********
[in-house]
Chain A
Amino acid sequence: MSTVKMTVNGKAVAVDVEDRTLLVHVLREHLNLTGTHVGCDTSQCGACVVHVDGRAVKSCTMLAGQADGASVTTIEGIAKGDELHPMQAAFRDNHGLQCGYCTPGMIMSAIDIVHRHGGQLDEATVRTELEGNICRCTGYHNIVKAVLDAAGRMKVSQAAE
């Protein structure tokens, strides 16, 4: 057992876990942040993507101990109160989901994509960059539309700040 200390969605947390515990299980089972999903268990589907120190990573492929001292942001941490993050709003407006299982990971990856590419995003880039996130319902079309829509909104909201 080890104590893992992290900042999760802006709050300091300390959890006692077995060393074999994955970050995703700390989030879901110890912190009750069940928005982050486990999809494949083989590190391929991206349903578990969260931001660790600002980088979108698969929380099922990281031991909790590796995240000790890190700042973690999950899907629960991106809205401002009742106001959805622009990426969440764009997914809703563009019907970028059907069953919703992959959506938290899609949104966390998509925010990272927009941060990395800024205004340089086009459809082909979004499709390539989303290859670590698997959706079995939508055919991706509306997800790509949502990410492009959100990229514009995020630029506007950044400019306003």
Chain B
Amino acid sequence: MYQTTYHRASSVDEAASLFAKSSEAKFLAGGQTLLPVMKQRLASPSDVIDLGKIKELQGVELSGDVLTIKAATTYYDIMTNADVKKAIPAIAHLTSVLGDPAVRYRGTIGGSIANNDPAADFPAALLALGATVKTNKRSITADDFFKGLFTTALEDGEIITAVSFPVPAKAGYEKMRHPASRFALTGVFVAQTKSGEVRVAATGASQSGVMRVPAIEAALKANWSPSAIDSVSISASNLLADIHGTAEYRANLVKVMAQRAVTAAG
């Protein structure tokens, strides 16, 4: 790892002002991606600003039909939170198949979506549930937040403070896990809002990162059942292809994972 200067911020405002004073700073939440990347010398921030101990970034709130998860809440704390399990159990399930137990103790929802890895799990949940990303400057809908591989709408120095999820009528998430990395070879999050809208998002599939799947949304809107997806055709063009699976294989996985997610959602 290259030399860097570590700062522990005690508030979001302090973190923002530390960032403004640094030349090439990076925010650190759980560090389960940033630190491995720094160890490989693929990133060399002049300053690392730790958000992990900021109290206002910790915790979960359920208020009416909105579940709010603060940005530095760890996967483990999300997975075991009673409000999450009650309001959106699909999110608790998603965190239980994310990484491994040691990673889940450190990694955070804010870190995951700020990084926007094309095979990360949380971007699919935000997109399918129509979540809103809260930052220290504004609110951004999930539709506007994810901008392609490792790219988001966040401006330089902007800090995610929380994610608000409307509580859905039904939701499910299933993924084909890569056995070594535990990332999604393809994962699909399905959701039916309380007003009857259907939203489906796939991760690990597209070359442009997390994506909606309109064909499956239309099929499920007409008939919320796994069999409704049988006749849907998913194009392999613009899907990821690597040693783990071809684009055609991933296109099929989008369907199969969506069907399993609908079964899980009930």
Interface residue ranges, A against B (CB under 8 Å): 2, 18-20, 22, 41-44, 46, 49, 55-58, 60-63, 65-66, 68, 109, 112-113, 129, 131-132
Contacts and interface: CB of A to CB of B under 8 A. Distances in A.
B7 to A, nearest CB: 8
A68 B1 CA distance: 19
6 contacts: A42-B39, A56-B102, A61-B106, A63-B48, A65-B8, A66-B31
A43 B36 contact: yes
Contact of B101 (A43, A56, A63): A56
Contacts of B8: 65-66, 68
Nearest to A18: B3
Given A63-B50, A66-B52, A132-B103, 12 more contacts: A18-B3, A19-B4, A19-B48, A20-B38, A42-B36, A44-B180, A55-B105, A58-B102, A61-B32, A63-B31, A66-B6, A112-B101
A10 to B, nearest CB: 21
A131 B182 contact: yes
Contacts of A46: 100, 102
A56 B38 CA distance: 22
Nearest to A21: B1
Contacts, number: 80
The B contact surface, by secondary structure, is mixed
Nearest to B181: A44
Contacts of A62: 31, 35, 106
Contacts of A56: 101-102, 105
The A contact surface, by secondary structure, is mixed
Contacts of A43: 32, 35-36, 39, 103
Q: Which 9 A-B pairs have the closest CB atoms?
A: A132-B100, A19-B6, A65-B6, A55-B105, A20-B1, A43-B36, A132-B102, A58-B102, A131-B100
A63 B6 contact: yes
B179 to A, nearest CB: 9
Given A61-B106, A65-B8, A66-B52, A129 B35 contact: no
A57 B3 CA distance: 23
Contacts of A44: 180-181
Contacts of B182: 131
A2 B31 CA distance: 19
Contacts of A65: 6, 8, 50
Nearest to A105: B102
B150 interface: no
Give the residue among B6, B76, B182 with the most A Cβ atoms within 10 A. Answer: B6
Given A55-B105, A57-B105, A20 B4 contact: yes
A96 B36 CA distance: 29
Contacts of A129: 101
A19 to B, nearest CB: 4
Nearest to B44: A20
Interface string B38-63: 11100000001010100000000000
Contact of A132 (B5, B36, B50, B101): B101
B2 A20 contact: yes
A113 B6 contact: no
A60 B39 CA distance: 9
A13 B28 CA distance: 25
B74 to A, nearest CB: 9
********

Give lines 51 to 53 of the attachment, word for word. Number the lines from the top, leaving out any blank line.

A113 B6 contact: no
A60 B39 CA distance: 9
A13 B28 CA distance: 25